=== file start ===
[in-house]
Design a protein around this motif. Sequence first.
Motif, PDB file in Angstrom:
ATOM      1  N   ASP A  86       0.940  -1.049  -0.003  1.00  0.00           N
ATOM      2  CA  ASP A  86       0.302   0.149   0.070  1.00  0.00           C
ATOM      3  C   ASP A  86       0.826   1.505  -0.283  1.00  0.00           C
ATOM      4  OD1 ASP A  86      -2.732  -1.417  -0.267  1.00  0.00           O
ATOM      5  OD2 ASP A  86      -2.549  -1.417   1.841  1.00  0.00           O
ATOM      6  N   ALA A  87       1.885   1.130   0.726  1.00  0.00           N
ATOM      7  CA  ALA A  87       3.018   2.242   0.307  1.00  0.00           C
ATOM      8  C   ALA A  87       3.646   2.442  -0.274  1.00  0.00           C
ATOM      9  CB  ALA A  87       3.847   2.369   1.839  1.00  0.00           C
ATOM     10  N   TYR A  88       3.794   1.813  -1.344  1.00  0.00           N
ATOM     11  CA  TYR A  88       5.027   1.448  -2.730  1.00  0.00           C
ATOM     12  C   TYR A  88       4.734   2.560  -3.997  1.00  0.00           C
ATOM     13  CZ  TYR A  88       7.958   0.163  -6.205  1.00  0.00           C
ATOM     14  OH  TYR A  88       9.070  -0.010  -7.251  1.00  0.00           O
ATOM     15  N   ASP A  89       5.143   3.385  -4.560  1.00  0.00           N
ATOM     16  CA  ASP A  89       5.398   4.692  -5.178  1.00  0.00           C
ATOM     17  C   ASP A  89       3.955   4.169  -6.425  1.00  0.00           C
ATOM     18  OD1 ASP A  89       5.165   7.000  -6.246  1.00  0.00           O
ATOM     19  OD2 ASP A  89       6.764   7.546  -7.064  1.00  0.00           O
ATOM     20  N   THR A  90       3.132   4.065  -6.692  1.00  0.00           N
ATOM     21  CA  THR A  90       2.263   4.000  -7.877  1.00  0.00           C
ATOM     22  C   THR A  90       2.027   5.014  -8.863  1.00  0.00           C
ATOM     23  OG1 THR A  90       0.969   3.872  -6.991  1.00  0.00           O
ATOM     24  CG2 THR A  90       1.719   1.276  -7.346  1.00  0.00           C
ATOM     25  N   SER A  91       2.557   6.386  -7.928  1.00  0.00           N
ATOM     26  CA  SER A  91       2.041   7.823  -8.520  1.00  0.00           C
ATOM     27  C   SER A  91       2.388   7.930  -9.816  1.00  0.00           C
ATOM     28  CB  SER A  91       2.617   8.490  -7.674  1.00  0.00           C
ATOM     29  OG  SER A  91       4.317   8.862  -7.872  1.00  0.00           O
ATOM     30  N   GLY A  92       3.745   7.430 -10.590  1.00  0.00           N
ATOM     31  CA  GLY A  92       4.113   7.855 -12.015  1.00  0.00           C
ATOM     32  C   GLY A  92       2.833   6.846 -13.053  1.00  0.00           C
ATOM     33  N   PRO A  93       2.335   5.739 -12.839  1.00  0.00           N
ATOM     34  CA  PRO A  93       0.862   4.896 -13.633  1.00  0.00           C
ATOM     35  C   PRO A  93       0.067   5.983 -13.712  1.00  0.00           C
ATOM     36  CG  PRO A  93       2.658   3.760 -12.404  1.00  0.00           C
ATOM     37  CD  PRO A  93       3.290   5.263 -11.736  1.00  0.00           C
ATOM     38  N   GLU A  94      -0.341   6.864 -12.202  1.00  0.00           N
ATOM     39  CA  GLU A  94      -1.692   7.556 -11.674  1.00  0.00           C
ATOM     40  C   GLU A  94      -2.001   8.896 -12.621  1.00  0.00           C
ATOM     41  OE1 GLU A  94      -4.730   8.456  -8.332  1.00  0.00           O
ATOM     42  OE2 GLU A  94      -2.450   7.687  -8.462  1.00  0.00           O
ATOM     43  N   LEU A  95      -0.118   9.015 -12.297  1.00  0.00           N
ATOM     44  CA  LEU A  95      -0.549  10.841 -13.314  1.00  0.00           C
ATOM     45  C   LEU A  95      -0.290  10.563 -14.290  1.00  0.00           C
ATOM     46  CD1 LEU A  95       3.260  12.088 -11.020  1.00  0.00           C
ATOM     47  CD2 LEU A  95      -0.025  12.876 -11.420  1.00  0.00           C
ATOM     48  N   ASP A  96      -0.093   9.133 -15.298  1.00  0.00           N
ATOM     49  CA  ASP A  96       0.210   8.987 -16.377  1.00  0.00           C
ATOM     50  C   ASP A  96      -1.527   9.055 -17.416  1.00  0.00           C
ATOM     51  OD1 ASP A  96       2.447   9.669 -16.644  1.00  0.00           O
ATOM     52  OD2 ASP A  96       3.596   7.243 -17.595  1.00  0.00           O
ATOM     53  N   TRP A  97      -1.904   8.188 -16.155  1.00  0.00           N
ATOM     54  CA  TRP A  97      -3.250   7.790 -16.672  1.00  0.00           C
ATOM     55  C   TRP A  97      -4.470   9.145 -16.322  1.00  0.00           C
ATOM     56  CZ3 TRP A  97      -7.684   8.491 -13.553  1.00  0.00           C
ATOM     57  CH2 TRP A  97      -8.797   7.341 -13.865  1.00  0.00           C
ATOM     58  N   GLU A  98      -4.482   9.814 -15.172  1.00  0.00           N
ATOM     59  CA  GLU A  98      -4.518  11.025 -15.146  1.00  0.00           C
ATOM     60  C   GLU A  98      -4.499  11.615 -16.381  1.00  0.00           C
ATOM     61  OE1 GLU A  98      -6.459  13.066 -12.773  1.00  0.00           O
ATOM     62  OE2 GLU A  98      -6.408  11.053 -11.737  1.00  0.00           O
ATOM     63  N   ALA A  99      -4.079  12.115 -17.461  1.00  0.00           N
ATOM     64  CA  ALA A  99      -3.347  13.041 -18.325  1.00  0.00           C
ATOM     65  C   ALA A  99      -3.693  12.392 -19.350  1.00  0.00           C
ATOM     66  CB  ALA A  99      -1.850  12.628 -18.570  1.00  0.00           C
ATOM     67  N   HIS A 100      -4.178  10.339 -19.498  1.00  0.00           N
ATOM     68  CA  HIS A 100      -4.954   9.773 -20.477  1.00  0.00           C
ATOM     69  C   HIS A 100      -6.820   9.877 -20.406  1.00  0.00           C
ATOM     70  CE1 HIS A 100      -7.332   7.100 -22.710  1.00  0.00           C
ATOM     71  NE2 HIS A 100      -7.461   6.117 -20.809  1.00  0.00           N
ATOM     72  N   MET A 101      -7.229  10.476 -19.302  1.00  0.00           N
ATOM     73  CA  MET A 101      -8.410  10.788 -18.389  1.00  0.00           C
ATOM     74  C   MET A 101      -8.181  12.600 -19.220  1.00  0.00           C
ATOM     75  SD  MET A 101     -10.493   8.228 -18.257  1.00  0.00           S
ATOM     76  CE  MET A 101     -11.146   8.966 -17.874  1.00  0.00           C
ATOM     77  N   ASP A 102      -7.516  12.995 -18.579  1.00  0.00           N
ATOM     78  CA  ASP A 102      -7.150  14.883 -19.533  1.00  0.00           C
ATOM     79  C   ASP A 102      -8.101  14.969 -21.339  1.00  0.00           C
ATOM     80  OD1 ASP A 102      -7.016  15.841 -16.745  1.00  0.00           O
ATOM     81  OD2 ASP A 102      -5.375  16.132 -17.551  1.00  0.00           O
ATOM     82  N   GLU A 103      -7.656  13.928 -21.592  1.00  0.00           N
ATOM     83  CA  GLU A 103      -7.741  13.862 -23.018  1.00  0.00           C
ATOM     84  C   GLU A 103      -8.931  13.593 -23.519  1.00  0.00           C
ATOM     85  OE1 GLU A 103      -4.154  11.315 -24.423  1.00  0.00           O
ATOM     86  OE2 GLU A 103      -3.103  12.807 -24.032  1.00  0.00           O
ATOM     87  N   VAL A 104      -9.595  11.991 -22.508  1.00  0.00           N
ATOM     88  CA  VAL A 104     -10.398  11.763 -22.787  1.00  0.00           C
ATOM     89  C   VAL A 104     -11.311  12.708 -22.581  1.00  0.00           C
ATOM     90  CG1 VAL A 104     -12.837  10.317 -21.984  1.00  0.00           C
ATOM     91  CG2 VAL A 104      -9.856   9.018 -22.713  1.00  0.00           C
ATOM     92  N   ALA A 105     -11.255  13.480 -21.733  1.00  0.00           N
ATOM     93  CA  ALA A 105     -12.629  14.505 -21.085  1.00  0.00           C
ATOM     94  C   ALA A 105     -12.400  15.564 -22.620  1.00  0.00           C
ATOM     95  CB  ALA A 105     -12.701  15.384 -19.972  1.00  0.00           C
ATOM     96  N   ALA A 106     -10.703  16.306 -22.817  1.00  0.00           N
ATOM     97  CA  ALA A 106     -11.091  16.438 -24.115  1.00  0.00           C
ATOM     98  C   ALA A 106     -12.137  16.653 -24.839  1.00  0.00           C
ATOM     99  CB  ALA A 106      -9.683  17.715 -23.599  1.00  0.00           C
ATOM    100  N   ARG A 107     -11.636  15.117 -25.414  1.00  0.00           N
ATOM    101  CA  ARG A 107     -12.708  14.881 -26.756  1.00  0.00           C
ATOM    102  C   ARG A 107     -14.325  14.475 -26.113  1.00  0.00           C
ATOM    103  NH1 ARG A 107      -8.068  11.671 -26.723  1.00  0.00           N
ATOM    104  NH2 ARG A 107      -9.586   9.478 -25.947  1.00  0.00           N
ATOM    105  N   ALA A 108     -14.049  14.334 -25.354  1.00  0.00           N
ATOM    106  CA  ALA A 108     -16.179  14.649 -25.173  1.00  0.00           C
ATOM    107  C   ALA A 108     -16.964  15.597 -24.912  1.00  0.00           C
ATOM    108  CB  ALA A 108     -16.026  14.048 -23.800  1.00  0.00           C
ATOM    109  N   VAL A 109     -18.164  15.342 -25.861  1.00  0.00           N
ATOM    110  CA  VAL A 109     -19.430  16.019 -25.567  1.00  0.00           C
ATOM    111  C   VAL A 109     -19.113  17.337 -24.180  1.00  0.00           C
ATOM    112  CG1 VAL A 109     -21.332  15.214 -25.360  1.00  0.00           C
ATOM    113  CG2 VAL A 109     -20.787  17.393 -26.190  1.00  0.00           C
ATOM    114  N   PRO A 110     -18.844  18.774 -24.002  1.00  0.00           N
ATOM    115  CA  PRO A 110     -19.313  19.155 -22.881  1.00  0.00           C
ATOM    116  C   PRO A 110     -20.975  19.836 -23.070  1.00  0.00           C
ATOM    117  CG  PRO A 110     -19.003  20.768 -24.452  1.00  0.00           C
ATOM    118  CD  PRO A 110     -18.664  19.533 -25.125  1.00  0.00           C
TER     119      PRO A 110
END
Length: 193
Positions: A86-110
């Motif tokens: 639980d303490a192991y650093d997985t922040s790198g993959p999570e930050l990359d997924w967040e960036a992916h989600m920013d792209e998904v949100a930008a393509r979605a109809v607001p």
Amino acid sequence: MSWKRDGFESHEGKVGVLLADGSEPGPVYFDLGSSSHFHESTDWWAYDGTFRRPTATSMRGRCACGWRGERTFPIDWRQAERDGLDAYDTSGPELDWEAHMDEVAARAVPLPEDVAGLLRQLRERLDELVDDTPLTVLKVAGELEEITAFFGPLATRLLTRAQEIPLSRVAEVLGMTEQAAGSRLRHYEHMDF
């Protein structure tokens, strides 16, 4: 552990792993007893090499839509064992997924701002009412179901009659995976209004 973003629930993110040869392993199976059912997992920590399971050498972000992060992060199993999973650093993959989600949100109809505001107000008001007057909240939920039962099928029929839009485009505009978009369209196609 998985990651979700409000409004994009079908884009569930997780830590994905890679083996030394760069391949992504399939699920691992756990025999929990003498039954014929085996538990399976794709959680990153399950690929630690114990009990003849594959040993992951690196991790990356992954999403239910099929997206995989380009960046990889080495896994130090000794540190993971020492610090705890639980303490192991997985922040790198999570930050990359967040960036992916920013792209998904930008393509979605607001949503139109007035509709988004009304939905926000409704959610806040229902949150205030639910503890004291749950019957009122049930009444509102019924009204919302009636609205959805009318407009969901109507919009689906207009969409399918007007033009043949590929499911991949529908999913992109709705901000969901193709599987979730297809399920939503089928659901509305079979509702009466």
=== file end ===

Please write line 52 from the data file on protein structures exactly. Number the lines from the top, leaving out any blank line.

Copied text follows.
ATOM     49  CA  ASP A  96       0.210   8.987 -16.377  1.00  0.00           C